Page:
Berlin, which next year marks its 30th anniversary as a re-unified city, has witnessed strong price growth over the last five years according to Knight Frank.
In its latest report - Berlin Insight 2018 - it found that both prime and mainstream markets have seen strong price growth thanks to a shortage of new supply, a robust labour market, a strong economy and a rapidly growing population.
In the year to March 2018, average prices in Berlin rose by 14.9%, ahead of London but in line with the rate of growth in Edinburgh and Amsterdam over the same time period.
Rents, meanwhile, increased by 11% in 2017, according to research carried out by Deutsche Bank. The rent brake introduced in the city in 2015 prevents property owners from increasing rents by more than 10% above the average for the area, but this only applies to pre-constructed buildings and not to new-build apartments or refurbished units – which might help to explain why rents are still rising at a strong rate.
The city, which is popular among young urbanites, creatives and artists thanks to its relative affordability and bohemian vibe, is also increasingly a go-to destination for tourists. Demand is rising, with Berlin hosting 31 million overnight stays in 2017, making it the third most visited European destination.
As a reaction to the explosion of tourists – and short-term letting sites such as Airbnb catering to this increased demand – holiday rentals are currently limited to 90 nights a year in the city.
Although Berlin is not known for being a haven of home ownership – only 15% of the city’s inhabitants own their own home – it remains a popular place for overseas buyers. Aside from German purchasers, buyers from the UK, US and Switzerland are the most prominent. The majority of these are buying within the €300,000-€700,000 price bracket.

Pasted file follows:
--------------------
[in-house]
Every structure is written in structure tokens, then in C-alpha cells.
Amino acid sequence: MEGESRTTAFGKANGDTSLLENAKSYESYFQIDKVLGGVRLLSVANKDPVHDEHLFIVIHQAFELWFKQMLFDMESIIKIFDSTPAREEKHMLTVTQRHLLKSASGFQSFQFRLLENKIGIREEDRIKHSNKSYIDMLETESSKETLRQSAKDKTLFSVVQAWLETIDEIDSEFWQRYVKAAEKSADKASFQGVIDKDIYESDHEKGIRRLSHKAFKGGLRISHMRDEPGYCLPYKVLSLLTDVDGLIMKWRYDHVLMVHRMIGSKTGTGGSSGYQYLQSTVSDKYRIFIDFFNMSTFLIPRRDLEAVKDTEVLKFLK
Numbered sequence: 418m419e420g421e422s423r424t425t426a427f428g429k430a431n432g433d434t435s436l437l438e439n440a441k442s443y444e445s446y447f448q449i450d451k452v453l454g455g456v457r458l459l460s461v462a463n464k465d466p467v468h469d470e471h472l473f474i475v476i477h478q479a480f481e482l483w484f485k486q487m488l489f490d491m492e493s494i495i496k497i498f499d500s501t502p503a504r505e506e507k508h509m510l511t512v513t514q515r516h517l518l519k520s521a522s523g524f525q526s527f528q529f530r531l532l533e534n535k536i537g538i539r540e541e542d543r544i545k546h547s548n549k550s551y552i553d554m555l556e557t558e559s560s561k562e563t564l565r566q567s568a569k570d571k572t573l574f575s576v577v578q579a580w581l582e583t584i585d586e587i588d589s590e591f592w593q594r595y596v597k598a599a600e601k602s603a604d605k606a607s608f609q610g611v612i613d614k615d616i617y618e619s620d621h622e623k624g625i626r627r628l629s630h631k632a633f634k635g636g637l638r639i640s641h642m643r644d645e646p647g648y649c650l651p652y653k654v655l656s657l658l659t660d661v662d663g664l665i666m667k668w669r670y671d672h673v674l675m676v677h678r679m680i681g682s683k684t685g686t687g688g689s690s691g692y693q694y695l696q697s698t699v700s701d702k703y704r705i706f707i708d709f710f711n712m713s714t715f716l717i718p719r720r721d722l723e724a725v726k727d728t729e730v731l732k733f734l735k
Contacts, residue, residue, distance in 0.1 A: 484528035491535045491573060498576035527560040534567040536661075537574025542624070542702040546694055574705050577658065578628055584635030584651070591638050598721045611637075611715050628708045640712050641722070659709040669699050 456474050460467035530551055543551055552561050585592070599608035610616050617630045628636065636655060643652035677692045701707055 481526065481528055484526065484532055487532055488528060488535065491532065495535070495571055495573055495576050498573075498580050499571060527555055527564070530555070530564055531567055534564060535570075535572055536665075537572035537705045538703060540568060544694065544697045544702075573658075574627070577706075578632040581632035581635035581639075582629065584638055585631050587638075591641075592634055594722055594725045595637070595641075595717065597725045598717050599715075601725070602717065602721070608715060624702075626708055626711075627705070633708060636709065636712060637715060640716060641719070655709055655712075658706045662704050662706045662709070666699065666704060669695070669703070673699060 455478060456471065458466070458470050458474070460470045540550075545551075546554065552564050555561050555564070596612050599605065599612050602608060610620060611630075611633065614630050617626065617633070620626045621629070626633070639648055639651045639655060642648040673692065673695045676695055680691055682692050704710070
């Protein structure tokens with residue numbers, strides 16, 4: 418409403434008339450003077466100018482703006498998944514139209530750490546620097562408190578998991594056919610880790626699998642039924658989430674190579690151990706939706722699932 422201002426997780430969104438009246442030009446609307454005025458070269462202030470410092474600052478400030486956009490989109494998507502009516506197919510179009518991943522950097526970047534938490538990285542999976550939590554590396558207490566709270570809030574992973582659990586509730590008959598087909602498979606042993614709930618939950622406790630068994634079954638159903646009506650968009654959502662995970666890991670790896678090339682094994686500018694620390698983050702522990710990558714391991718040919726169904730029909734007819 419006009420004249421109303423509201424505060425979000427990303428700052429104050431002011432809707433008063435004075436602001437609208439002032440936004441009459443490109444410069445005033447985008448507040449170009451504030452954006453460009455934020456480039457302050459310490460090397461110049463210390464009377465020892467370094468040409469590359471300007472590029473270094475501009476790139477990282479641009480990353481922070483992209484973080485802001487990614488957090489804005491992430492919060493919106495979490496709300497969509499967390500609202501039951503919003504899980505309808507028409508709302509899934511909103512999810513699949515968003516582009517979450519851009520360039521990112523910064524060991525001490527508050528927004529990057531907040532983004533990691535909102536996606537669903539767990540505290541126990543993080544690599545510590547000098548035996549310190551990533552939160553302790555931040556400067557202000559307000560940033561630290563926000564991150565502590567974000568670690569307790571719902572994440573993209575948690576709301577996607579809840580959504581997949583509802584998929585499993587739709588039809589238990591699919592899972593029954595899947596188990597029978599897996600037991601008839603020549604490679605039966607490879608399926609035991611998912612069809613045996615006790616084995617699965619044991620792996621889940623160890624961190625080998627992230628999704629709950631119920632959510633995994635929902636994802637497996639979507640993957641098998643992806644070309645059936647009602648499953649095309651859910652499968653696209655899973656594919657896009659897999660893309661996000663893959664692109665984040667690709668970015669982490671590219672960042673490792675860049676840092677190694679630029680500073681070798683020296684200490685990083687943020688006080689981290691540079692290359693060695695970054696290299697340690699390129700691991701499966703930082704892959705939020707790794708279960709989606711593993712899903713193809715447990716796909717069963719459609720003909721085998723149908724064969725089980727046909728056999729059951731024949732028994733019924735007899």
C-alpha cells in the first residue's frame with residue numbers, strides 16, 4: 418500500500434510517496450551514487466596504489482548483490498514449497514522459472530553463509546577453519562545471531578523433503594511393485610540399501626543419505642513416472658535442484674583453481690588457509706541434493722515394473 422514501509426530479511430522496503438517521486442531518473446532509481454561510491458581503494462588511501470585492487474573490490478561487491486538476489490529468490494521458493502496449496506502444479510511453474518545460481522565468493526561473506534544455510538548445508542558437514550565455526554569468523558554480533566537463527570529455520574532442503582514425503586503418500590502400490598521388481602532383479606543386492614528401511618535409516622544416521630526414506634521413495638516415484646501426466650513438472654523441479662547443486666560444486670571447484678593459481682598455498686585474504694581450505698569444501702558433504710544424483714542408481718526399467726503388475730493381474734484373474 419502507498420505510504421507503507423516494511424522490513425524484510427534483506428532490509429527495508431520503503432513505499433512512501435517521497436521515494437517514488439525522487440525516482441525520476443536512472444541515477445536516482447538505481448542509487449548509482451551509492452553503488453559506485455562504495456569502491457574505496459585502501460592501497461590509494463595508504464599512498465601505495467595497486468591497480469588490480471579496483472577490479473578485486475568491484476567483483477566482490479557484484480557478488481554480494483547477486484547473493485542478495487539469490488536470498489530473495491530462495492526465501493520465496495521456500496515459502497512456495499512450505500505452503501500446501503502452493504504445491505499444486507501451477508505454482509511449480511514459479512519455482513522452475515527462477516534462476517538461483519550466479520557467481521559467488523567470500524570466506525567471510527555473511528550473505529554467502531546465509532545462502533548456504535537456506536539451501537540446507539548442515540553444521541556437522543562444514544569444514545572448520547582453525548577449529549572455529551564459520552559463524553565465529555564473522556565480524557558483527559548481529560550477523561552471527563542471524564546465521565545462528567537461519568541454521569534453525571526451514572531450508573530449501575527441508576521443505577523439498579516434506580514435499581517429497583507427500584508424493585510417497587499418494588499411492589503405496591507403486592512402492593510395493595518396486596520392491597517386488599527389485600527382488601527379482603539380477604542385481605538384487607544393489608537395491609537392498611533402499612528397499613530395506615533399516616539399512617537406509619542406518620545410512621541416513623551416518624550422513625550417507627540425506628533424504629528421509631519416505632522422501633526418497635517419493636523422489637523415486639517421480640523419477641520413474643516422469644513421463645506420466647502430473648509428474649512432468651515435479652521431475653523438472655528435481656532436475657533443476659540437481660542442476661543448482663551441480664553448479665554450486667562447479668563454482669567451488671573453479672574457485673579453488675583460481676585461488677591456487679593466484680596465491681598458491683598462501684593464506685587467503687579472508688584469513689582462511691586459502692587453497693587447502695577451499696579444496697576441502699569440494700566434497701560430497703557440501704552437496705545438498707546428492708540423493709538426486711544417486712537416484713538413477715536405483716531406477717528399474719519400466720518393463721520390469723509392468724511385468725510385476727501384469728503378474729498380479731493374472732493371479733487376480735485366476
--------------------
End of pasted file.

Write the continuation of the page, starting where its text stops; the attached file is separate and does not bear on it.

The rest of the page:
Since 2015 Turkish and Middle Eastern buyers have been more active, seeing Berlin as a safe haven for investment. This is aided by the fact that residents and non-residents are treated the same in terms of tax and purchase costs, while many overseas buyers are attracted to the Berlin market due of its high quality of life and relatively low cost of living.
Demand is likely to remain strong in the near future, despite Brexit uncertainty, tougher regulation, affordability issues and tighter monetary policy. Berlin’s position as the capital of Europe’s strongest and most stable economy, its low house prices (the lowest of any German city with a population of more than 1 million) and its firm foundations (low unemployment, strong wealth creation prospects, low cost of living, good schools, etc) still make it an excellent prospect for investors.
When it comes to the most in-demand areas, Charlottenburg, Berlin’s stylish prime district to the west of the city, is still very popular among young professionals and families, while Lichtenberg and Treptow-Köpenick - to the east of the city centre - are witnessing a host of regeneration projects designed to attract more people to live in these areas. Families, in particular, are lured by the green spaces and good transport links on offer.
Elsewhere, Friedrichshain – also found to the east of the city centre - is enjoying strong levels of demand. This is largely being driven by its proximity to Mediaspree, a media and communications hub now home to Mercedes-Benz, Coca-Cola and Universal Music Studios. Unsurprisingly, it is particularly attractive to young professionals who make up much of Belin’s highly skilled workforce.
With the population of Berlin set to grow 8.2% by 2030, and the demand for new apartments set to be 20,000 per annum, everything suggests this buzzing, thriving city will continue to be one of Europe’s most desirable investment areas.